Here’s the smooth wipe in action.
4. Align Tool
Are you looking to create a Reel filled with snazzy outfit changes or instant object transformations? This falls on the line of also editing on the action. However, when you’re standing still, it can make the cut slightly more challenging to pull off, as there’s no inherent action to cut to.
Thankfully, Instagram has a built-in tool for you to do this easily—the Align tool. Simply open the app and create your first recording.
Change outfits, remove the object, and then select the Align tool. You’ll now see an overlay of the prior video clip, allowing you to align yourself in the overlay position correctly.
If you’re filming yourself, you’ll also have to make sure you have the timer active so you can get yourself into position. Be warned—it’s not as easy as it sounds and requires a lot of patience. Take a deep breath when finding the perfect place to keep still.
5. Cut to the Beat
This tip is undoubtedly more helpful if you’re creating a reel within editing software, then uploading it to Reels as a completed video (remember, a reel can only be up to thirty-seconds long).
Cutting to the beat is a tried and tested formula for music video editing to create a rhythmic form of visuals. While you don’t have to cut to every single beat, when you’re switching scenes, cutting on a beat is aesthetically pleasing.
There’s a new trend of users saying, “What I mean when I say I live in *add location*.” The following Reel is accompanied by a remix of Jefferson Airplane’s “Somebody To Love,” and when the beat kicks in, we’re presented with a series of pictures or videos that cut to the heavy bassline.
To do this, simply bring your content into editing software (this could be Adobe Rush on mobile, too). Then, open up the waveform properties of the music track. When you see these large spikes:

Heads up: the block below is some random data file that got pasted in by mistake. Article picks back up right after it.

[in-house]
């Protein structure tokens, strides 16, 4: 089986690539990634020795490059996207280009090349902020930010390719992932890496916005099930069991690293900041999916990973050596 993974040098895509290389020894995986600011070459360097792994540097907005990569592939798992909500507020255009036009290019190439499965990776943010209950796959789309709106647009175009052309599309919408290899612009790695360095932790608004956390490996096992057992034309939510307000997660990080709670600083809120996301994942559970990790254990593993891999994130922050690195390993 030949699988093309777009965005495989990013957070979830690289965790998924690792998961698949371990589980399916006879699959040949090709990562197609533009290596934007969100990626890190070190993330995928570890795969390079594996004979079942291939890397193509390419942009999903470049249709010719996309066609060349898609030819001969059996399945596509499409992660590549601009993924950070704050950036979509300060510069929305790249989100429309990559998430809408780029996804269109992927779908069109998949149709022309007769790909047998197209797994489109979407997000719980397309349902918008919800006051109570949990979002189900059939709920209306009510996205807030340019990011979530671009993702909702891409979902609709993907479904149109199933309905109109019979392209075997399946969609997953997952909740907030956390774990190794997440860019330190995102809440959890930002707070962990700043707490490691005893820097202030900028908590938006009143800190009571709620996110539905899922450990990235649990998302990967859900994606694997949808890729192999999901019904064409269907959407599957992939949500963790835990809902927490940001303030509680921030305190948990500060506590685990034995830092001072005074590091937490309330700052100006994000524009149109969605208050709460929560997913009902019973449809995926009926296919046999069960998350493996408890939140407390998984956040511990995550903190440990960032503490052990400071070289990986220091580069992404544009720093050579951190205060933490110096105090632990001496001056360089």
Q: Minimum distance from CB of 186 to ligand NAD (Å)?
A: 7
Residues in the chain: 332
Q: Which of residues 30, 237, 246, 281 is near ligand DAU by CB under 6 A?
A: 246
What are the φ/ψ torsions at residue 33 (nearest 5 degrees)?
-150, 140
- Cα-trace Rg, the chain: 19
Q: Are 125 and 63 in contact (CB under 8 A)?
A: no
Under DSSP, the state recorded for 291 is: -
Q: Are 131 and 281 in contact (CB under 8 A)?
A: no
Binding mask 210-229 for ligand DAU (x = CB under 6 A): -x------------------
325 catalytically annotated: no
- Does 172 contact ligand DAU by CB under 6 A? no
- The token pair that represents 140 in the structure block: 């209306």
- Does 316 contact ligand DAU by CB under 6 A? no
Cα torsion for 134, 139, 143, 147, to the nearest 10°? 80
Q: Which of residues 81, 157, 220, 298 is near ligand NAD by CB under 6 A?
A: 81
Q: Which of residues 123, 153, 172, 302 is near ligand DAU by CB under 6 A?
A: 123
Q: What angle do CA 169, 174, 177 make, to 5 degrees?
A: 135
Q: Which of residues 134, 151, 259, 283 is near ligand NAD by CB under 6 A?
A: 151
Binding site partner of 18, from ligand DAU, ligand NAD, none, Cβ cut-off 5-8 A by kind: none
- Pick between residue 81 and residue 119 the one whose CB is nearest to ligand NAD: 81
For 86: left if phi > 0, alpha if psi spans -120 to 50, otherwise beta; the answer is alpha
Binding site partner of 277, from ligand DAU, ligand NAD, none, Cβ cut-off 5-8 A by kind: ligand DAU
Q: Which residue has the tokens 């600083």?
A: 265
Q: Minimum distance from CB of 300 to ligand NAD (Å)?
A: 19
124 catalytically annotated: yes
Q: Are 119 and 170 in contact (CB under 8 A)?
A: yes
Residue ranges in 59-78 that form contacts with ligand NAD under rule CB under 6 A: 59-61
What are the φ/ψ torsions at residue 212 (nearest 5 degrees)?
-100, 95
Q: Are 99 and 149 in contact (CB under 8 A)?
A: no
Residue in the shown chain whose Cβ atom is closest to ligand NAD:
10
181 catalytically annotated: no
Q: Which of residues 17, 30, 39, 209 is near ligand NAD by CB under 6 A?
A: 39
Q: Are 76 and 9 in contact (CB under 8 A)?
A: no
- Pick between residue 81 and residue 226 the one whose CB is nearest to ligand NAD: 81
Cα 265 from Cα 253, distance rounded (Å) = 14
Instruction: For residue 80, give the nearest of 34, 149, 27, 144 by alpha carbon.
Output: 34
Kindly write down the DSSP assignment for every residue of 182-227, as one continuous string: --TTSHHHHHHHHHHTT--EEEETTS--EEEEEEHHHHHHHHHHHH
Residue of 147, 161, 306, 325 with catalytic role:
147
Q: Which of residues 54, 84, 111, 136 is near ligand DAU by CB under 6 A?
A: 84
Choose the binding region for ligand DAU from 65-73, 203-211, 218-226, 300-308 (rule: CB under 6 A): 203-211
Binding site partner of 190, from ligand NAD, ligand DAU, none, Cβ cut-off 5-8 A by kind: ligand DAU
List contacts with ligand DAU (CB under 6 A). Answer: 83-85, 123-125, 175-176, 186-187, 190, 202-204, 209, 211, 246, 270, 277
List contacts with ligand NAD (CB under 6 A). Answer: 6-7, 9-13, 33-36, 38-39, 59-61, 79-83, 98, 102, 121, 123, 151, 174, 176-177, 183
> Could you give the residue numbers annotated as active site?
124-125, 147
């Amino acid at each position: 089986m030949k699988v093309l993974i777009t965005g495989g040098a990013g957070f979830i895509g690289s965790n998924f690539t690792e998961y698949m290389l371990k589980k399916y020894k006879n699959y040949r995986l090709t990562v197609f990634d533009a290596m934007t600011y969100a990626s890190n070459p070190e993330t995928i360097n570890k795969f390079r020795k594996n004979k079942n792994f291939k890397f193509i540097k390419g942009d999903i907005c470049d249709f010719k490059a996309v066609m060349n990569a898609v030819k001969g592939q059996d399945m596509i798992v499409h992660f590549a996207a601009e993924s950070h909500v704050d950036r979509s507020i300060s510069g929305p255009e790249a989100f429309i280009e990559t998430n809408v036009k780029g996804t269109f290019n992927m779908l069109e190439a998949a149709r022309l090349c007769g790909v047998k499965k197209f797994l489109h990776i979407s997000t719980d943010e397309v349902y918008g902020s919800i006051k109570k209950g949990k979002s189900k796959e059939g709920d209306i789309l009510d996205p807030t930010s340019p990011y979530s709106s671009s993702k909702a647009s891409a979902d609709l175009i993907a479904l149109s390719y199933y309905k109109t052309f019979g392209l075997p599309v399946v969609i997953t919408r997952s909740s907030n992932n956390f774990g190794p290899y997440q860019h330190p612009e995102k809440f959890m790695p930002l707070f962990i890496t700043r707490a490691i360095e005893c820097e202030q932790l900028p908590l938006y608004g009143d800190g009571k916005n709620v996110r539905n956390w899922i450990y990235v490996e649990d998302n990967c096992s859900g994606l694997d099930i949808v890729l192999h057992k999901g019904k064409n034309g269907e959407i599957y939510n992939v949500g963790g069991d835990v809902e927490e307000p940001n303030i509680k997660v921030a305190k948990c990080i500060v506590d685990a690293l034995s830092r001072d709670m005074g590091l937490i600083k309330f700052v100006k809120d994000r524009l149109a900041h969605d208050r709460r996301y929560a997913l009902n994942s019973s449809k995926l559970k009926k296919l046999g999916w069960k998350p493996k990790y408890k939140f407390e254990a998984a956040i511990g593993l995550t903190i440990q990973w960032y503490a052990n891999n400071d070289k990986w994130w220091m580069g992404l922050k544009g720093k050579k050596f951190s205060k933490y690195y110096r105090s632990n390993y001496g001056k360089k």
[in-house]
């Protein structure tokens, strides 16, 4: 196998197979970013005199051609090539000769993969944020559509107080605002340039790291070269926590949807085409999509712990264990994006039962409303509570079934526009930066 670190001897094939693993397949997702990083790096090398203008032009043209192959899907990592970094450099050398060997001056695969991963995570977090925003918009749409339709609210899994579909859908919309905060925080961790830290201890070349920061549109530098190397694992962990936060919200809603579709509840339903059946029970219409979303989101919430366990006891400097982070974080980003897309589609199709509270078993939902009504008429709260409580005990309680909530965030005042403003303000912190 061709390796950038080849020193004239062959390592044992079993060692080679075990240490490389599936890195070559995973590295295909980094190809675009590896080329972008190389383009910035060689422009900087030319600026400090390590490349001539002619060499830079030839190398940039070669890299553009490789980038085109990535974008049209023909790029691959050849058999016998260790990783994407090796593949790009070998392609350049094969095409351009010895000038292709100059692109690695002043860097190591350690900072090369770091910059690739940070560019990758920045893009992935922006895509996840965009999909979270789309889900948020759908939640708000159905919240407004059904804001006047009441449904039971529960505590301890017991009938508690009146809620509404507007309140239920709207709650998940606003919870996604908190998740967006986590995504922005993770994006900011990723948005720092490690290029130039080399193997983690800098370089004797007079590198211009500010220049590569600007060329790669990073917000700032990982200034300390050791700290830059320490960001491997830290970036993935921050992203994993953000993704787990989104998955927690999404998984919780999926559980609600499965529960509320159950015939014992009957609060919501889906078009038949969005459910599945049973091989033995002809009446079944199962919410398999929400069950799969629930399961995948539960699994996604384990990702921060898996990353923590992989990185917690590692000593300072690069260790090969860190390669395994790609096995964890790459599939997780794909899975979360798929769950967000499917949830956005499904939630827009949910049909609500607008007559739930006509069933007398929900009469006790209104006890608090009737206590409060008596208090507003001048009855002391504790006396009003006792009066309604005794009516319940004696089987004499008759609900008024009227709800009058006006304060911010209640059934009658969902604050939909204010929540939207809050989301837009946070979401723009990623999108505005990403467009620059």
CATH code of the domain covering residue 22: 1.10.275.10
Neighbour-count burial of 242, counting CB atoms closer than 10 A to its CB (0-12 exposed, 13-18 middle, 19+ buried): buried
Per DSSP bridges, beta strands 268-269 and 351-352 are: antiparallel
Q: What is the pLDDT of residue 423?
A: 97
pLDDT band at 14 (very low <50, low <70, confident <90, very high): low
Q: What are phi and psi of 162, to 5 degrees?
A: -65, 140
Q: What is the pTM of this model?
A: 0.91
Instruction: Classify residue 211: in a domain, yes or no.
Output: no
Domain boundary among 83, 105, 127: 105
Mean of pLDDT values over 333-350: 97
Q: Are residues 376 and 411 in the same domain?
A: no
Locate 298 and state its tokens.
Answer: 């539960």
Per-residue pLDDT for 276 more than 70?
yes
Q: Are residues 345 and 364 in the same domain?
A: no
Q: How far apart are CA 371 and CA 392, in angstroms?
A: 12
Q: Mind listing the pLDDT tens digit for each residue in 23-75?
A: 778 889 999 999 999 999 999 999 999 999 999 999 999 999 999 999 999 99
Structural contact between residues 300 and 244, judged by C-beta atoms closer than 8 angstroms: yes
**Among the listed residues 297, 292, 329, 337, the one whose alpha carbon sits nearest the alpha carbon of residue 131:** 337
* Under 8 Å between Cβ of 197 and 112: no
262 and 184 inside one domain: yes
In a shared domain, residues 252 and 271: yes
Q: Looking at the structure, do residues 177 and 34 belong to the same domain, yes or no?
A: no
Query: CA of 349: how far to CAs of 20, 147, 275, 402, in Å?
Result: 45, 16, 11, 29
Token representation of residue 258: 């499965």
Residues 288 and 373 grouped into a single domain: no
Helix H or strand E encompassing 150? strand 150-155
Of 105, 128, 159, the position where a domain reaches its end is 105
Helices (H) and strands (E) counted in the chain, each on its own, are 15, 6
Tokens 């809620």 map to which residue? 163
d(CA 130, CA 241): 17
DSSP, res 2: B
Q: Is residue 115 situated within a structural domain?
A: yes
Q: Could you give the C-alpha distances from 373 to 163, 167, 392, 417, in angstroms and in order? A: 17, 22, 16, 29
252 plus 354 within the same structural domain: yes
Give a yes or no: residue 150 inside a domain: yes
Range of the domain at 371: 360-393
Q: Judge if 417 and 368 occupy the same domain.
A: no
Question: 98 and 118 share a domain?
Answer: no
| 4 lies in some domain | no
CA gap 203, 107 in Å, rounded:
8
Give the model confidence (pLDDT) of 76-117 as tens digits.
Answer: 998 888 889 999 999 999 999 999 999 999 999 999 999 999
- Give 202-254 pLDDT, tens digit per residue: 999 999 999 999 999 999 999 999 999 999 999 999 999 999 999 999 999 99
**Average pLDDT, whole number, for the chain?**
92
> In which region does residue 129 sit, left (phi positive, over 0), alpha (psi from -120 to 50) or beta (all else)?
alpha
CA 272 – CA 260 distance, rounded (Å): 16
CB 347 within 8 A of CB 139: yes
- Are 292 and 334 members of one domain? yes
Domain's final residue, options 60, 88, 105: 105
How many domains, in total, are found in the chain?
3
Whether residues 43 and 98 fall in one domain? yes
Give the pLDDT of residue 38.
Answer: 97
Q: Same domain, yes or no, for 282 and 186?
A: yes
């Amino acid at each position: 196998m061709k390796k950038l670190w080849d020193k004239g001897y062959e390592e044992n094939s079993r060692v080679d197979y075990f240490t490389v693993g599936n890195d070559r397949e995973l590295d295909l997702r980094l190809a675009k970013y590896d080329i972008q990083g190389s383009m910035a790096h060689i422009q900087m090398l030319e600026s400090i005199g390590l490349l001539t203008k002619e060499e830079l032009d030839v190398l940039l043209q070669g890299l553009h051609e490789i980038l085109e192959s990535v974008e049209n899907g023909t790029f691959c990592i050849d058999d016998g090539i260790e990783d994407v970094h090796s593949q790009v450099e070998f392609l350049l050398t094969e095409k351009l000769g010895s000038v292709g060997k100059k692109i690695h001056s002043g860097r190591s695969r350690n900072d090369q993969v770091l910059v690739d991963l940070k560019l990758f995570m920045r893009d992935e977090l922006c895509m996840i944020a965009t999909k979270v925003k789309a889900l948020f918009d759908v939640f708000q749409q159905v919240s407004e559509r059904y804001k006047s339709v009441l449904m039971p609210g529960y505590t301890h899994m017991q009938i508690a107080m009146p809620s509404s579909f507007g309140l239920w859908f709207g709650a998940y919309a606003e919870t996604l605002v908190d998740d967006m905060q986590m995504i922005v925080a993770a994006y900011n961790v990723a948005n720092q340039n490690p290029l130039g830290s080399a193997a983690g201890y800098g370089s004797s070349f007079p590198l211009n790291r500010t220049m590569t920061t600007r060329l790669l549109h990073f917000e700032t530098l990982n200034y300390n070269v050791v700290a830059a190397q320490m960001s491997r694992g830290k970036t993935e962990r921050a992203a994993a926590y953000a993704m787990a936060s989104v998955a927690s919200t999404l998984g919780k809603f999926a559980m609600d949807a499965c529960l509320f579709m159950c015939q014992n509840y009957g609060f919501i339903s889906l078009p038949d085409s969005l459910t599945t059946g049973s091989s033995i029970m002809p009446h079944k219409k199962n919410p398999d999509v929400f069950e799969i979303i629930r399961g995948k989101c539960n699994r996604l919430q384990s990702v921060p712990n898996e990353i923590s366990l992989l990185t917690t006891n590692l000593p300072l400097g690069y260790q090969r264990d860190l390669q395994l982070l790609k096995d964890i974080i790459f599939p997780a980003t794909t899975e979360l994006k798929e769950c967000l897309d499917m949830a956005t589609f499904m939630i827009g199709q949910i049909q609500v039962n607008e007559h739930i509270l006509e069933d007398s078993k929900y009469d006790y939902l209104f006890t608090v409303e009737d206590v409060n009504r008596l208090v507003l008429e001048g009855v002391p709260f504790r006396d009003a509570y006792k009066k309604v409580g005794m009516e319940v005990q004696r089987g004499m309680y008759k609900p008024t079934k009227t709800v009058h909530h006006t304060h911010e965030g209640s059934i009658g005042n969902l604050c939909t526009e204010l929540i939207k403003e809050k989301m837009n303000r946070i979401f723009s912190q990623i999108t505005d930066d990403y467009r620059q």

That means there’s a drum hit or bass hit at this moment. You then want to cut the current image or video clip, and cut to the next one. You can repeat this as you see fit.
6. If You Can’t Beat Them, Join Them
Finally, if you find yourself endlessly scrolling through the presented Reels that Instagram algorithmically shows you, you’ll notice a recurring theme with both editing techniques and music used. Whether it’s a snowboarder grabbing insane air to the intro of “Astronauts In The Ocean” and landing when the beat kicks in, or perhaps a Reel of a guy filming with his phone on a hot air balloon with “Capone – Oh No” playing, and when he drops the phone, you hear “Oh no, oh no, oh no no no” with black and white close-ups of the phone falling through the sky. These tracks and editing tropes are used time and time again until the next trend rolls up. While it won’t promote originality, the familiar conventions of following popular trends are a good way to engage non-followers.
For example, Labrinth’s “Still Don’t Know My Name” has become one of the TikTok and Instagram Reel tracks consistently played for scenic travel clips. Look at the difference between these two reels that feature the same content.
They were both uploaded on the same day, but Kite Surfing Official has nearly double the views. I’d argue that a good reason for that is because of the Labrinth track. As it’s been used so often, it reinforces the genre convention that we’re about to see something wild, and that casual scroller holds on a little longer before flipping to the next reel.
A lot of the techniques talked about and presented are common filmmaking and editing techniques. If you’d like to dig a little deeper on editing tricks, check out this tutorial.
For more Instagram tips, check out these articles: